Tired After Eating? 9 Potential Causes + What To Do About It

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It’s happened to almost all of us at one time or another: you finish a big dinner and find yourself nodding off while trying to relax with your favorite show, or you feel unduly sleepy after lunch at work and would like nothing more than to rest your head on your desk for a quick nap.

However, while feeling tired after eating isn’t particularly uncommon or necessarily a cause for concern, if you’re frequently getting sleepy after you eat, it might be an indication that something else is going on.

In this guide, we will look at the reasons why people can get tired after eating and what to do to prevent feeling sleepy after eating a meal.

We will cover: 

  • Why Do I Get Sleepy After I Eat? Here Are 9 Potential Causes
  • What To Do About Feeling Tired After Eating

Let’s dig in!

A person at her computer yawning, feeling tired after eating.

Why Do I Get Sleepy After I Eat? Here Are 9 Potential Causes

There are several factors that can contribute to feeling tired after eating, some of which are perfectly normal, and others may be a signal that you need to modify your diet or see your healthcare provider. 

Here are the most common causes of feeling tired or fatigue after eating:

#1: Eating Foods High In Tryptophan 

We usually associate tryptophan with the postprandial sleepiness that ensues after your Thanksgiving meal or another big turkey dinner, and it’s true—eating foods high in tryptophan can leave you feeling sleepy.

Tryptophan, an essential amino acid, is used by the body to synthesize various proteins, as well as niacin (a B vitamin) and a molecule known as  5-hydroxytryptophan or 5-HTP. 

Because 5-HTP is a precursor for the neurotransmitter serotonin, and serotonin helps regulate sleep, it’s normal to feel tired after eating foods high in tryptophan

A thanksgiving meal.

Although turkey is the poster child for foods rich in tryptophan, other foods high in tryptophan include the following:

  • Chicken, duck, salmon, oysters, lobster, pork chops
  • Milk, cottage cheese, and other dairy products
  • Tofu, edamame
  • Sweet potatoes, squash, and pumpkin seeds
  • Spinach 
  • Peanut butter
  • Oatmeal

Keep in mind that tryptophan is an essential amino acid, which means you need to consume it because your body cannot manufacture it, so don’t avoid foods with tryptophan altogether.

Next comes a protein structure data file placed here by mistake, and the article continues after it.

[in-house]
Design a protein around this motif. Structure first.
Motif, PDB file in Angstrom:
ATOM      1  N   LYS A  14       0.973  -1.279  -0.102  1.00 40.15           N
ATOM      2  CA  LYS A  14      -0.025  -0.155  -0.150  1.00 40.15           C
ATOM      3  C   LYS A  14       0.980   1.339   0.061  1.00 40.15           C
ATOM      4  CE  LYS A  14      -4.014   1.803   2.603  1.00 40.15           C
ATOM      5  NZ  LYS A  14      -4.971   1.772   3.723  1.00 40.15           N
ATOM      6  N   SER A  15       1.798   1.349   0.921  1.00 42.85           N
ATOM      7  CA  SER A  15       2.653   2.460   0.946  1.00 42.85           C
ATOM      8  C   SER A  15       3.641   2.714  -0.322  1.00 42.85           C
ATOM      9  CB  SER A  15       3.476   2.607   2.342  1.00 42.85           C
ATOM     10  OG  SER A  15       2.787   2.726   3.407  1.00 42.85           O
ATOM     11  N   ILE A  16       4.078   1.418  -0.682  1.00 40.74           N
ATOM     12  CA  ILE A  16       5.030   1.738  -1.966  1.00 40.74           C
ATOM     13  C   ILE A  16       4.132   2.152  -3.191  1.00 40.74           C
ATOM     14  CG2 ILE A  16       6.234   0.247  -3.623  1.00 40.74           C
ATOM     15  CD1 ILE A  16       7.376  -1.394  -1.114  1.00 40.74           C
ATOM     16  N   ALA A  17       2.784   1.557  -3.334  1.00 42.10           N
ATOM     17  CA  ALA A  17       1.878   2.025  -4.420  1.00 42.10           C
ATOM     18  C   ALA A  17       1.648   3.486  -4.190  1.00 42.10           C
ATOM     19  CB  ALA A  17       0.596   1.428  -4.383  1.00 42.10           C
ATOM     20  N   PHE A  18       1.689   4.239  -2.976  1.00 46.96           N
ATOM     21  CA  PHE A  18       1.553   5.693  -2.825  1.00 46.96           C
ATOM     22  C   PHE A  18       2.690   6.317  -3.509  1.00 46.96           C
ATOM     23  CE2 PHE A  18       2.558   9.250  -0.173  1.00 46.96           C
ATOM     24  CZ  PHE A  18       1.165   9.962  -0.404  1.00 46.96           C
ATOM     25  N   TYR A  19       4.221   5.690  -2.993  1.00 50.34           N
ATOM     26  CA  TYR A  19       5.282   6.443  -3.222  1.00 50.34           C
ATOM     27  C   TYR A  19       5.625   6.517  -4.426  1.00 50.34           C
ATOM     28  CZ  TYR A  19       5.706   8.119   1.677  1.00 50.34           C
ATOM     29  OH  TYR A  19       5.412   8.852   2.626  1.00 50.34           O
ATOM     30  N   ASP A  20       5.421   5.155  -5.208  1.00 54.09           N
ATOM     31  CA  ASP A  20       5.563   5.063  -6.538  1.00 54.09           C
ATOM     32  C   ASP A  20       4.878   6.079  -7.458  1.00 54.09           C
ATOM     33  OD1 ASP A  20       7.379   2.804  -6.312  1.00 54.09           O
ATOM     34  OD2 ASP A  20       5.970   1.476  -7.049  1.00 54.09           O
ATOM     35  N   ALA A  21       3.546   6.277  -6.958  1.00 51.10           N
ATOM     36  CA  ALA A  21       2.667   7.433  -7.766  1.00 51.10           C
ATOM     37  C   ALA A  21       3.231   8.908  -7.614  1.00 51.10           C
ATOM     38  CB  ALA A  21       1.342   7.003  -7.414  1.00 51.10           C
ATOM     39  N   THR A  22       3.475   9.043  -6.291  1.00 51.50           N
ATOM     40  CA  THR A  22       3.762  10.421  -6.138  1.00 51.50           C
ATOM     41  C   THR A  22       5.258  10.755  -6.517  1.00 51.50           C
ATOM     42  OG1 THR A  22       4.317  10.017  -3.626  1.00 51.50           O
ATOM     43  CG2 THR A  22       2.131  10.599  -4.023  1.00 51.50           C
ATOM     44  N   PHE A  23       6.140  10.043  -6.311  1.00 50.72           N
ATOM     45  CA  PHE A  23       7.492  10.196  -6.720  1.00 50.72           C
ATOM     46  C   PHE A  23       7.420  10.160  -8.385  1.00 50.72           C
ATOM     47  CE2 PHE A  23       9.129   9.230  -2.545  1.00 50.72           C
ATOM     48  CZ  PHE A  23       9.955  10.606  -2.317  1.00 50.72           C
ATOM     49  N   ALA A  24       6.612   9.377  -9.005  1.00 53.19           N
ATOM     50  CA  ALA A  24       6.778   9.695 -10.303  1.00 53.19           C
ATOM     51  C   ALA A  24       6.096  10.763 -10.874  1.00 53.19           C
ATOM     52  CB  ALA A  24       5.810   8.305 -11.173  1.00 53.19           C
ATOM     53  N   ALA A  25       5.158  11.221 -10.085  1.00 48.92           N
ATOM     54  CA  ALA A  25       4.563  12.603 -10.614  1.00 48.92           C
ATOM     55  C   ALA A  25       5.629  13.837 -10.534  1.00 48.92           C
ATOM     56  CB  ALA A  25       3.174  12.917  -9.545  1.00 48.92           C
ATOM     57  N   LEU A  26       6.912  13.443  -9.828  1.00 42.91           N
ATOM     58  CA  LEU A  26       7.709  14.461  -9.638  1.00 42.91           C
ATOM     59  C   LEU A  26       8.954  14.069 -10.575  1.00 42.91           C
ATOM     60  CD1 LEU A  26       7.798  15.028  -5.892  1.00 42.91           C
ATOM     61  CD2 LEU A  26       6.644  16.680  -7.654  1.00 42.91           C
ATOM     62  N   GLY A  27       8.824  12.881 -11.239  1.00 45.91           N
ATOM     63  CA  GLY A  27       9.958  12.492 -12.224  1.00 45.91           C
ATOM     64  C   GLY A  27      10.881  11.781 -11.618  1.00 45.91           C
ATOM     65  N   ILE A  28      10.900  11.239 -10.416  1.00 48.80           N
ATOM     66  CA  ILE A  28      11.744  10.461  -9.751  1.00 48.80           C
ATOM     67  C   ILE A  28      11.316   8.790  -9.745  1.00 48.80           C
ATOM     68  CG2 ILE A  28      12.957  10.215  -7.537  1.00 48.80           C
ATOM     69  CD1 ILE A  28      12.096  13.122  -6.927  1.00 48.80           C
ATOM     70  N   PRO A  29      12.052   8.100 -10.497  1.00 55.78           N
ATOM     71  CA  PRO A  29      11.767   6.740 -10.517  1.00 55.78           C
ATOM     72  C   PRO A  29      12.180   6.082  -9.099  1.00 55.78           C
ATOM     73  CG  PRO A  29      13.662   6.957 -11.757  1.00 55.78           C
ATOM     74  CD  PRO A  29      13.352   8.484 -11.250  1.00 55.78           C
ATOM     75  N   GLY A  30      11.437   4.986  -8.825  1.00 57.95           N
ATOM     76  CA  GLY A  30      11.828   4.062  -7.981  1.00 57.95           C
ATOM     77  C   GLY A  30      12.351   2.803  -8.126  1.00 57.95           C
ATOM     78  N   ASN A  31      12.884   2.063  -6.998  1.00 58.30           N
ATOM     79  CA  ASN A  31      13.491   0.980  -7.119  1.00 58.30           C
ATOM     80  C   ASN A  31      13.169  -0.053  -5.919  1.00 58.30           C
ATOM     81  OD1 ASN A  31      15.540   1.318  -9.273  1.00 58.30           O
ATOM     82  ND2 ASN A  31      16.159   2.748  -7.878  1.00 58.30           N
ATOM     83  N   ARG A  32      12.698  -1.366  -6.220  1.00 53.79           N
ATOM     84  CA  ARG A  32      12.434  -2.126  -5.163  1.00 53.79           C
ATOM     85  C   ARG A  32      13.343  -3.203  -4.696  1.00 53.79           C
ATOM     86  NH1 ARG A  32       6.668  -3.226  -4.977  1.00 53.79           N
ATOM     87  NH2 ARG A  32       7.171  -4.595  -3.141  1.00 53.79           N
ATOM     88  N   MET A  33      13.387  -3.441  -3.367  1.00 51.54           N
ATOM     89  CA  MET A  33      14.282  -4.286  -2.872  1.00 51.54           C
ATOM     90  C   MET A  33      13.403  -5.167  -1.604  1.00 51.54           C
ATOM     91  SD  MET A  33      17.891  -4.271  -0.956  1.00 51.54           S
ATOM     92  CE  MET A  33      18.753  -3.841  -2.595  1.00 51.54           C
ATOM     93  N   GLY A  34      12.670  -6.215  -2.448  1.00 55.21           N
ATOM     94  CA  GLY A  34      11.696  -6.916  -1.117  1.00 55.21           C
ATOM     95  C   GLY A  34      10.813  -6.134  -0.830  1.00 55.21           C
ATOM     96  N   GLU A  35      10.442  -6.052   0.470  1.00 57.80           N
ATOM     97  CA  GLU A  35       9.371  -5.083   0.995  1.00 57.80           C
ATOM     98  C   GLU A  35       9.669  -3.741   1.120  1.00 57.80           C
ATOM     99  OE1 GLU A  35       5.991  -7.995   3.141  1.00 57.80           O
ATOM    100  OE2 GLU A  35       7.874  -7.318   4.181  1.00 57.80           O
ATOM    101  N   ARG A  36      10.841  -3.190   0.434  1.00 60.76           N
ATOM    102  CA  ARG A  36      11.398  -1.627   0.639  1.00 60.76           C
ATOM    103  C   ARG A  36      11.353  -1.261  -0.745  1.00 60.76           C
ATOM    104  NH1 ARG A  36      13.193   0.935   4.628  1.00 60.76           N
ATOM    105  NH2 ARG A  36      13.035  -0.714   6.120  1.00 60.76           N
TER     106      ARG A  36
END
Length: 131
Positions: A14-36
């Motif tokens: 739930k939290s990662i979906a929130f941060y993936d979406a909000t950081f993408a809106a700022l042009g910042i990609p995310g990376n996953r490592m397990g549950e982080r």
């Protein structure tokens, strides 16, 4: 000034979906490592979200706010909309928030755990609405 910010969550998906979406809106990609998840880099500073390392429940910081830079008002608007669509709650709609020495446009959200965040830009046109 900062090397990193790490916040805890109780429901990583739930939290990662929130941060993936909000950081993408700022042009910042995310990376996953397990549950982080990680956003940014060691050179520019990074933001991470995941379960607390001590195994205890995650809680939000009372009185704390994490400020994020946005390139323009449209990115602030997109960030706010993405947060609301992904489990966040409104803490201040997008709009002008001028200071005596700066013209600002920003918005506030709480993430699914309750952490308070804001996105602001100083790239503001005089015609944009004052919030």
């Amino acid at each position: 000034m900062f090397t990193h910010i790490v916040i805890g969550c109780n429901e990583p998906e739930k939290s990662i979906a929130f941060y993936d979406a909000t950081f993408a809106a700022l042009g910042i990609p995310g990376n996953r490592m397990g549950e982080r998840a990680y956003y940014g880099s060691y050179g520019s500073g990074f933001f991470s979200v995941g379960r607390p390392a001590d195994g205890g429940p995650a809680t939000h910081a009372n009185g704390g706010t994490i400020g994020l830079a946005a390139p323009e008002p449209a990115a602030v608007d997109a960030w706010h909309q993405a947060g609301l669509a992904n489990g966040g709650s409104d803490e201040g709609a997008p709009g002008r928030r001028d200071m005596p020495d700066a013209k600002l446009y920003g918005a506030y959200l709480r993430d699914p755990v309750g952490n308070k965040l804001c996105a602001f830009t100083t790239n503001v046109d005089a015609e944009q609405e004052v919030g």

It’s often helpful to know why you’re feeling tired after eating, so if you are mostly feeling sleepy after eating the foods listed above, innocuous tryptophan may be to blame.

#2: Eating Foods High In Melatonin

Red cherries.

You might have heard of people taking melatonin supplements to support their sleep, or perhaps you’ve tried them yourself. Melatonin is a hormone produced naturally in the pineal gland in the brain. 

Among several functions, melatonin plays a key role in regulating the body’s circadian rhythms or sleep-wake cycles. 

While melatonin supplements are a popular way to increase the concentration of melatonin and possibly improve the quality and quantity of sleep, melatonin is also found naturally in some foods. 

Eating foods high in melatonin can increase the levels of this hormone in your body and can leave you feeling tired or fatigue after eating.

Examples of foods high in melatonin include milk, tart cherries, pistachios, grapes, mushrooms, corn, oats, eggs, rice, and bananas.

#3: Drinking Alcohol With Your Meal

Alcohol can cause drowsiness because it’s a nervous system depressant.

Therefore, if you’re enjoying a beer with a late lunch on the weekend, sipping wine or a cocktail with dinner or shortly beforehand, or enjoying a nightcap when your plate is cleared, there’s a good chance the alcohol is having an effect on your body and leaving you feeling tired after eating.

Two glasses of white wine.

#4: Eating Meals High In Carbohydrates 

As with tryptophan in protein-rich foods, foods high in carbohydrates have been shown to increase the production of serotonin. 

Simple carbohydrates also cause your blood sugar (glucose) levels to rise quickly. As a result, the pancreas secretes insulin, a hormone that signals the muscles and liver to take up the circulating glucose. 

Blood sugar levels can then dip, leaving you feeling tired. This hypoglycemia and low energy after eating foods high in simple carbohydrates are particularly common in people with type 2 diabetes, pre-diabetes, and insulin resistance.